Tankless Water Heaters: 3 Reasons We Don’t Usually Recommend Them

August 20, 2014

Looking to replace your water heater?

You probably have a traditional tank water heater right now. But you’ve heard some good things about tankless water heaters—mainly, that they give you unlimited hot water and save you money in the long run.

However, they’re not as perfect as people make them out to be.

Here are 3 reasons why we don’t usually recommend them for Kansas homes.

1) Upfront cost is high compared to tank water heaters

A tankless water heater on average costs about twice as much as a tank water heater (when comparing water heaters of similar quality).

And installing a tankless water heater can cost almost 3 times as much to install as installing a tank water heater.


Because tankless water heaters need:

  • Electrical outlets for their fan and electronics
  • Upgraded gas pipes
  • A new ventilation system.

So retrofitting a tankless water heater into an older home can get pricy.

“But,” one might interject, “Aren’t tankless water heaters more energy efficient?” Well...

2) A tankless water heater’s energy efficiency won’t save you enough money in the long run

Are tankless water heaters more efficient than tank water heaters? Yes. But they’re not more economical.

According to Energy.gov, ”ENERGY STAR® estimates that a typical family can save $100 or more per year with an ENERGY STAR qualified tankless water heater.”

Saving $100 a year sounds nice. But, like we mentioned in the previous section, the upfront cost is so high that the long run energy efficiency savings probably won’t save you enough to make up the difference

3) You most likely won’t get “unlimited hot water” during cold weather

The biggest reasons for getting tankless water heaters is for instantaneous and unlimited hot water. I mean, who wants to run out of hot water in the middle of a shower?

Never running out of hot water sounds nice, right?

Too bad that’s not typically the case—especially for Kansas.

Each tankless water heater has a “flow rate” that details how much hot water it can provide at one time—measured in gallons per minute (gpm).

Typically, tankless water heaters provide hot water at a rate of 2–5 gallons (7.6–15.2 liters) per minute.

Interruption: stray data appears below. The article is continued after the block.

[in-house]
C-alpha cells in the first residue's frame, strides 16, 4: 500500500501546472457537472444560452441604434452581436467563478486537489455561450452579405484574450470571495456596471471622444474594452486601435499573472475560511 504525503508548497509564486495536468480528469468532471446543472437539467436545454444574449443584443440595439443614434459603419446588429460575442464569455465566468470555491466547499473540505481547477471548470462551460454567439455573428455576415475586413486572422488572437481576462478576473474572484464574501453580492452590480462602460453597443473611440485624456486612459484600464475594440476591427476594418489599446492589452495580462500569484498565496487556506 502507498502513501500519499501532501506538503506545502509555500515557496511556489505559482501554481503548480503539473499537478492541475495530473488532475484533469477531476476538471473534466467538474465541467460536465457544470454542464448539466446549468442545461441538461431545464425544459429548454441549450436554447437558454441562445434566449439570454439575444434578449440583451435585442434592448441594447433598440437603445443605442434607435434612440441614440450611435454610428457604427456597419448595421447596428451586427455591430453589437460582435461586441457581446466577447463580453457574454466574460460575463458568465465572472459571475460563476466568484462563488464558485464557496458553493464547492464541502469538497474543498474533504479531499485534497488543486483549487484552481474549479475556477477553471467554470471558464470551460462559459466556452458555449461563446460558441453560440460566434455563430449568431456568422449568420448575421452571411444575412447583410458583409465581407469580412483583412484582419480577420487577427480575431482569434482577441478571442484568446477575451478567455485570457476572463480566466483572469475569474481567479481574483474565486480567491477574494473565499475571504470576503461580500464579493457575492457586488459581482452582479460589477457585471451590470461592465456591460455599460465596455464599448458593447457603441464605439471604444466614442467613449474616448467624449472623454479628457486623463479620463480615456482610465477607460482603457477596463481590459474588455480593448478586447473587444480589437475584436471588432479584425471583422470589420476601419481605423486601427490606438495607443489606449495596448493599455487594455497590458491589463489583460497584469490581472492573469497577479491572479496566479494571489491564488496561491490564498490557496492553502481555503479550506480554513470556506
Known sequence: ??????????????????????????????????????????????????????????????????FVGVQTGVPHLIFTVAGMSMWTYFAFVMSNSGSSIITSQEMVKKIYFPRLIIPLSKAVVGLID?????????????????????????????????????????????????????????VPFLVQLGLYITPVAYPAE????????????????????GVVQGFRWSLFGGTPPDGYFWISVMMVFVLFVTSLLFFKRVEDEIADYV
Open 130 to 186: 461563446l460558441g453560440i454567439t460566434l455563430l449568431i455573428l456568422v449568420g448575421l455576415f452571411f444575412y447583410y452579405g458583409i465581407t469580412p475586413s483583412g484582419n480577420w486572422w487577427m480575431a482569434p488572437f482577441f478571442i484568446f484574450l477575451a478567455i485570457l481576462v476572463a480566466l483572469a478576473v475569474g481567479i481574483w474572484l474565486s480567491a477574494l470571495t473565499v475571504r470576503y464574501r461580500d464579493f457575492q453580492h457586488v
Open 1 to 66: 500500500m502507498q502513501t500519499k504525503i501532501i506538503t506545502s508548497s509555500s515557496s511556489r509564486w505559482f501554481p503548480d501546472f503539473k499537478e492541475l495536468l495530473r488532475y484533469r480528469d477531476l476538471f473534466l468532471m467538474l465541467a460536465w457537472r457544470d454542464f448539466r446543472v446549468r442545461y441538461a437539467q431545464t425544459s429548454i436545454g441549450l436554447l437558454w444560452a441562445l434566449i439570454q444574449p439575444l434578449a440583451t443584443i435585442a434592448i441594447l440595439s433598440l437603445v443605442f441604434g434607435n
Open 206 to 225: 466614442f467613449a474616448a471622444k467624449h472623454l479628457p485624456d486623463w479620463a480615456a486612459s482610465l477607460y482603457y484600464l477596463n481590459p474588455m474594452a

But (and this is important for Kansas homeowners) gpm decreases the colder it is outside because it takes longer to heat the ground water to the desired temperature.

So, for example: A tankless water heater maybe have a gpm of 2-5 gallons when the groundwater is at 72 degrees. But as temperatures fall in winter and the water gets colder, the gpm will drop, making it hard to get enough hot water for your family.

Because of this you’d need a larger sized tankless water heater (or an additional one) to provide a greater gpm for Kansas’ cold winter weather. That means you’re adding even more cost to the already monstrous upfront cost.

Also, tankless water heaters struggle to provide hot water when multiple people need it at once.

According to Energy.gov:
“Sometimes, however, even the largest, gas-fired [tankless water heater] cannot supply enough hot water for simultaneous, multiple uses in large households. For example, taking a shower and running the dishwasher at the same time can stretch a tankless water heater to its limit.”

When it comes to Kansas, go tank

While tankless water heaters hold a lot of promise, they’re not usually the best choice for the Kansas City home. Our frigid winter weather just makes them not worth the upfront cost.

And if you have a large family, you have even more reason to not invest in a tankless water heater, because it may fail to provide all the hot water you need—even in warmer weather.

So we usually recommend installing a tank water heater.

Ask one of our experts for help (it’s free!) to help you find a water heater that fits your:

  • Family size
  • Budget
  • Space restrictions (for installing the water heater)

Santa Fe Air Conditioning and Heating serves the Kansas City area. For more information, contact us online